Man arrested after barricading himself in his home, causing lockdown of Miami Springs High School
A Miami Springs man was arrested and charged with aggravated assault with a firearm after police say he barricaded himself inside his home, causing a four-hour standoff and forcing the lockdown of nearby Miami Springs High School.
05/13/2014 5:52 PM
05/13/2014 6:26 PM
Students at Miami Springs High spent about four hours Tuesday in lockdown as police tried to coax an armed man out of his home across the street from the school.
The standoff ended with police bringing the man, identified as William Deno, out in handcuffs at about the same time students were being dismissed on the other side of the school.
“It was nothing related to the school and the lockdown was used as a safety measure,” Miami-Dade County Public Schools Spokesman John Schuster said, adding the lockdown officially began at about 10:50 a.m. and lasted until 2:50 p.m.
Miami Springs police said Tuesday that they got a report around 10 a.m. from a home at 660 Quail Ave. about a man threatening someone with a handgun. When officers arrived, Deno, 23, was outside on the porch. Police say he then picked up a gun and went inside.
Virginia Gardens Mayor Spencer Deno IV, who watched the drama unfold from a command center across the street, said it was his cousin who was inside.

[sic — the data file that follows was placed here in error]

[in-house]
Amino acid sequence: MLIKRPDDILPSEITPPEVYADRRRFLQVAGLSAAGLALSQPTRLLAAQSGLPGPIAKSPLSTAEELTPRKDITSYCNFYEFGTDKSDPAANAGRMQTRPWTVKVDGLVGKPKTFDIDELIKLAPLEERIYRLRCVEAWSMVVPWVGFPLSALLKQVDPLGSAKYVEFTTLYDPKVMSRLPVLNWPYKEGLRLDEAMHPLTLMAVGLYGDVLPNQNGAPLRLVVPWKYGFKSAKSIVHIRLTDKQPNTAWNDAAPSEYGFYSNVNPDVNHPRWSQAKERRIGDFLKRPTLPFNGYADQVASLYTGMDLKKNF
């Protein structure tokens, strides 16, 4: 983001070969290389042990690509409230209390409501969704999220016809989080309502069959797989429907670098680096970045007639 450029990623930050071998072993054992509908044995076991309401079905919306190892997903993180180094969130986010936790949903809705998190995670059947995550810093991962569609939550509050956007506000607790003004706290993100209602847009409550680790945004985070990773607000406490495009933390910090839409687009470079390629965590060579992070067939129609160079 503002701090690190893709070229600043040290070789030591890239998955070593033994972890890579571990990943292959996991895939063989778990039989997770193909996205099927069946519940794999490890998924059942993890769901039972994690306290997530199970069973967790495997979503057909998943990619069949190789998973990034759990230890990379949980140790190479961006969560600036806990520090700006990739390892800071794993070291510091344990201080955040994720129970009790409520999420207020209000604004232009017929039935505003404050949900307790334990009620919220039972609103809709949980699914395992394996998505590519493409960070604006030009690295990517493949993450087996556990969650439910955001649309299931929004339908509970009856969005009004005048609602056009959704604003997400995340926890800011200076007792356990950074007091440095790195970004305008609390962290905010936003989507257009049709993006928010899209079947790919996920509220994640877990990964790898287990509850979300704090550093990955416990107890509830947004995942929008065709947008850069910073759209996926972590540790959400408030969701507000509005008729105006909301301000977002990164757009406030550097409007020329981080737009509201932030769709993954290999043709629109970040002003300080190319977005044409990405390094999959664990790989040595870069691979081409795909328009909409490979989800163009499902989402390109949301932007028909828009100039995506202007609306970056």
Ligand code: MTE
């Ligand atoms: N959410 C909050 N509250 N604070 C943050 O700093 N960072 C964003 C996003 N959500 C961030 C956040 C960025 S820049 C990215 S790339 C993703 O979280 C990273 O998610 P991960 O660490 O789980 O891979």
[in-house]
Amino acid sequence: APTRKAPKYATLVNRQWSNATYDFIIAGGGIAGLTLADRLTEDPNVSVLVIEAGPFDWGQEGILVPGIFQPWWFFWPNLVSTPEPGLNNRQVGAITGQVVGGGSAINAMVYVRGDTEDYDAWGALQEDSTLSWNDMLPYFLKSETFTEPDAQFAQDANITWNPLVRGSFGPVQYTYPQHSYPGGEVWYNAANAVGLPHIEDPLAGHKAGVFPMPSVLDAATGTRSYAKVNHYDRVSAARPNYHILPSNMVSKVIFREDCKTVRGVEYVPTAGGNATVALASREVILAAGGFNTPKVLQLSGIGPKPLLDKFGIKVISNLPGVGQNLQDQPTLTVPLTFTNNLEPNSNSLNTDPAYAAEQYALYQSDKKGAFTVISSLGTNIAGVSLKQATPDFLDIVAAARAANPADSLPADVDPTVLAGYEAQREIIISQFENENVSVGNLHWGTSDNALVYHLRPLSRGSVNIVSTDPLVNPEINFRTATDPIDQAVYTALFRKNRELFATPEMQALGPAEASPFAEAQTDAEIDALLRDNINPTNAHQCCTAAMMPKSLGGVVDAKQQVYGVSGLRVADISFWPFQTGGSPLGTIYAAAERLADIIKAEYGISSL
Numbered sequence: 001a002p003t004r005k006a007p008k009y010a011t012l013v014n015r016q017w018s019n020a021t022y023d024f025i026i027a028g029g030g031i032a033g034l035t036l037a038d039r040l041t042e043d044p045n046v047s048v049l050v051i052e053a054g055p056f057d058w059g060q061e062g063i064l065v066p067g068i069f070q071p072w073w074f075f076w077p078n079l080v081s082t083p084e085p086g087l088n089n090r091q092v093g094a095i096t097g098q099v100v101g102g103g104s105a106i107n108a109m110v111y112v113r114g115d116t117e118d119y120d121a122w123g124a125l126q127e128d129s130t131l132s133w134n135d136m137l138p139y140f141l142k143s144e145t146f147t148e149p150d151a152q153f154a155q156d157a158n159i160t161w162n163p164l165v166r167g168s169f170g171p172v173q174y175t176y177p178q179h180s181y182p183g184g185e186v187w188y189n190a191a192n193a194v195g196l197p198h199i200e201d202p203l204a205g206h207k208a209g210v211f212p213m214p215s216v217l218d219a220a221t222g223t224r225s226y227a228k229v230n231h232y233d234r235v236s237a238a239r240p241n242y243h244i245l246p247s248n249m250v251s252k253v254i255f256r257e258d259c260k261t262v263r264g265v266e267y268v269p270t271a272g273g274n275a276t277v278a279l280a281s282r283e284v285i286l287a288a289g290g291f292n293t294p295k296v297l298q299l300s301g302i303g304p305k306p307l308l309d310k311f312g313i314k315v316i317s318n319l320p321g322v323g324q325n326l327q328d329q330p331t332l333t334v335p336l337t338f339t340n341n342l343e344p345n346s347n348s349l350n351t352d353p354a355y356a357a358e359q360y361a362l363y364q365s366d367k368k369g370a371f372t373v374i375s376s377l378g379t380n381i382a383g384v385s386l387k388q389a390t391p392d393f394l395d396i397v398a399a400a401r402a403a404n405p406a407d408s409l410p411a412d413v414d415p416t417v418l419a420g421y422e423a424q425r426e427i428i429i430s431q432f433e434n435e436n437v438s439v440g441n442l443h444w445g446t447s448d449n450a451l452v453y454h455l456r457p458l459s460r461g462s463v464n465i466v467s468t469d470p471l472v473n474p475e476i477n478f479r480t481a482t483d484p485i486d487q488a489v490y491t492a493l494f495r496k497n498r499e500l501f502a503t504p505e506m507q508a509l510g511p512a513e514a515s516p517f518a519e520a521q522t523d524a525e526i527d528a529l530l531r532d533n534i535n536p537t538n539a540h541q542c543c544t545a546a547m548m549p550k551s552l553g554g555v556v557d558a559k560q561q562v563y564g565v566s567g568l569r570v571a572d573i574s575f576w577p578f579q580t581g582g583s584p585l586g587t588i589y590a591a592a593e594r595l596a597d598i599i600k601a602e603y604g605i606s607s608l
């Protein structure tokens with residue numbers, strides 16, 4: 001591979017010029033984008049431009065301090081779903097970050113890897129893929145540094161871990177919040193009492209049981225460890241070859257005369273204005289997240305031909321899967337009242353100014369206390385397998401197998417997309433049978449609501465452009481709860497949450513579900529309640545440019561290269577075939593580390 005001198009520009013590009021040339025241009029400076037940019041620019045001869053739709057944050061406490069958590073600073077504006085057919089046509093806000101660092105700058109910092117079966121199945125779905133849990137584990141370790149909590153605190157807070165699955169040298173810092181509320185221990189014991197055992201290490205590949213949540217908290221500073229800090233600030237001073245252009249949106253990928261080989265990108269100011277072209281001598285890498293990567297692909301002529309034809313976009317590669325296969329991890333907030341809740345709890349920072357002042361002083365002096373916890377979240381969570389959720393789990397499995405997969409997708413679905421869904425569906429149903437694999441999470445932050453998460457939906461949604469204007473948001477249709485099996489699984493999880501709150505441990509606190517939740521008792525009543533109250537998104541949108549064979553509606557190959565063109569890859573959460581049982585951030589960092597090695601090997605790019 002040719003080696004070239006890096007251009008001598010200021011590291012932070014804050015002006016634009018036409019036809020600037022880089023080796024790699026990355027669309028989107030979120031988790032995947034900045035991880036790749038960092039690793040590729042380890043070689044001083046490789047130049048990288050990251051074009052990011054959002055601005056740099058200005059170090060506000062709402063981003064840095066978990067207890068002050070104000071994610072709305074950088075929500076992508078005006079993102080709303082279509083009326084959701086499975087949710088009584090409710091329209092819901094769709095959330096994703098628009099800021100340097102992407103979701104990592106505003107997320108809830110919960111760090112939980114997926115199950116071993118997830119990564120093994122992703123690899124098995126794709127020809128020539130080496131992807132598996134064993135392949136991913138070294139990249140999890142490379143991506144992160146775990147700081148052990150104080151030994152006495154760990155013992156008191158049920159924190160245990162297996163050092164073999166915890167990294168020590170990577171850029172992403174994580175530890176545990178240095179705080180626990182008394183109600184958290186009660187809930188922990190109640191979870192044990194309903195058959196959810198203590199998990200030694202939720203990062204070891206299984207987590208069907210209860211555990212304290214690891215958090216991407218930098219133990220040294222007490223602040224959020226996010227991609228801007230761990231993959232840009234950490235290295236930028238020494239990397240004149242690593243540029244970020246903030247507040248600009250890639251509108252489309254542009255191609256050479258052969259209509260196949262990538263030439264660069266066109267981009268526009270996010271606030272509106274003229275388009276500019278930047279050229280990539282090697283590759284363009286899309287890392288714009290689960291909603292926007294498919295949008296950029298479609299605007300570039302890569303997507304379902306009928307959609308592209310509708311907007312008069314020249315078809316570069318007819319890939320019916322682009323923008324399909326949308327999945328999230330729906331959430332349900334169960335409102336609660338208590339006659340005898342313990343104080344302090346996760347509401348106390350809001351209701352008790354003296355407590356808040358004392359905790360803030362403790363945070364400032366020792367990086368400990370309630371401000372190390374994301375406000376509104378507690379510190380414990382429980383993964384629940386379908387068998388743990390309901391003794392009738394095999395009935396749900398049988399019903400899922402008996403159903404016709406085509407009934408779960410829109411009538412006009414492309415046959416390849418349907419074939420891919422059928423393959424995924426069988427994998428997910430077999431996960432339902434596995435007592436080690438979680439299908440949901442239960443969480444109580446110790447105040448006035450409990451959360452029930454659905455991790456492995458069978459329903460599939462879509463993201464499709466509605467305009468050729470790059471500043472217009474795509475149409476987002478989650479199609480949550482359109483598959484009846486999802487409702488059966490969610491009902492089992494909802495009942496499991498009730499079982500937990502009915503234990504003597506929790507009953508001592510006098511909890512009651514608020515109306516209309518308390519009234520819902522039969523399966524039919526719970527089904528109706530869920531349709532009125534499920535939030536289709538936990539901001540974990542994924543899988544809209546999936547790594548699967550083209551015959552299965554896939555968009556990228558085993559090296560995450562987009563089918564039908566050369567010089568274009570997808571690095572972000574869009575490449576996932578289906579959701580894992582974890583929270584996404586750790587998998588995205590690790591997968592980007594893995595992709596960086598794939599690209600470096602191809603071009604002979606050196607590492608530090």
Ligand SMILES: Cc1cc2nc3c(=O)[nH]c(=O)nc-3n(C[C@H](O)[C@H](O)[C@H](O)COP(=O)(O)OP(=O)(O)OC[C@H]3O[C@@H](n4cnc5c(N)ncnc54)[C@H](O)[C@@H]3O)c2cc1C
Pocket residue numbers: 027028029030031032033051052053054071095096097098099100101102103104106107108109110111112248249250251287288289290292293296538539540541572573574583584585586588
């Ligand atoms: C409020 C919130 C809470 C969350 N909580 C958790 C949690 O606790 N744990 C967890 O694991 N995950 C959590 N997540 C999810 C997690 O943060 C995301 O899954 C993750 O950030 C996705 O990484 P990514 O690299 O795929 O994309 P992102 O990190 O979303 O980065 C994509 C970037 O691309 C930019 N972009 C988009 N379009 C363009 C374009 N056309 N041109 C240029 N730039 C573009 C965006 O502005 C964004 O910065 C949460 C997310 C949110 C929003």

"The patience and professionalism of the [Special Response Team] and the Miami Springs Police Department saved my cousin’s life today," Deno said. The mayor said his father, Spencer Deno III, went to the house in the morning to visit his nephew, who then pulled a gun on him. The mayor’s father left and reported the situation to police.
The mayor said his cousin has been “depressed and drinking a lot lately.”
The school, 751 Dove Ave. was placed on lockdown and officers blocked nearby streets. Parents began arriving at the school, concerned about their children.
Rafael Cano, whose son is in 10th grade, said he went to the school at about noon after he got a call from his wife that something was going on.
“I hurried over here,” he said as he sat in a parking lot a block from the school. “But the students are OK and the gun is not in the school. Now I am just waiting for him.”
Before 2:30 p.m., police told parents that there would be a “controlled dismissal” on the north side of the school, away from the the holed-up man. Parents quickly ran to their cars to get to their children.
With the help of Miami-Dade County’s Special Response team negotiators and K-9 officers, police took Deno into custody.
“He laid his gun down and they shot him in the stomach with some type of a bean bag, then arrested him," Mayor Spencer Deno IV said.
Once William Deno was on his way to jail, the school’s other entrance was opened and students poured out.
When the crisis began, students said they were told to stay in their fourth-period class, but were not told why.
“People were checking their phones and looking at the news,” said Steve Perry, 16, a freshman.
Freshman Dexter Calixte said he was in his biology class when he was told to stay put.
“We really didn’t know what was going on,” he said. “We just ended up doing extra work.”
Deno will be charged with aggravated assault with a firearm. This is not his first run-in with the law. In 2010, he was charged with marijuana possession and fleeing and eluding a police officer. The charges were dropped after he completed a program for first time offenders.
El Nuevo Herald photographer C.M. Guerrero and Theo Karantsalis contributed to this report.
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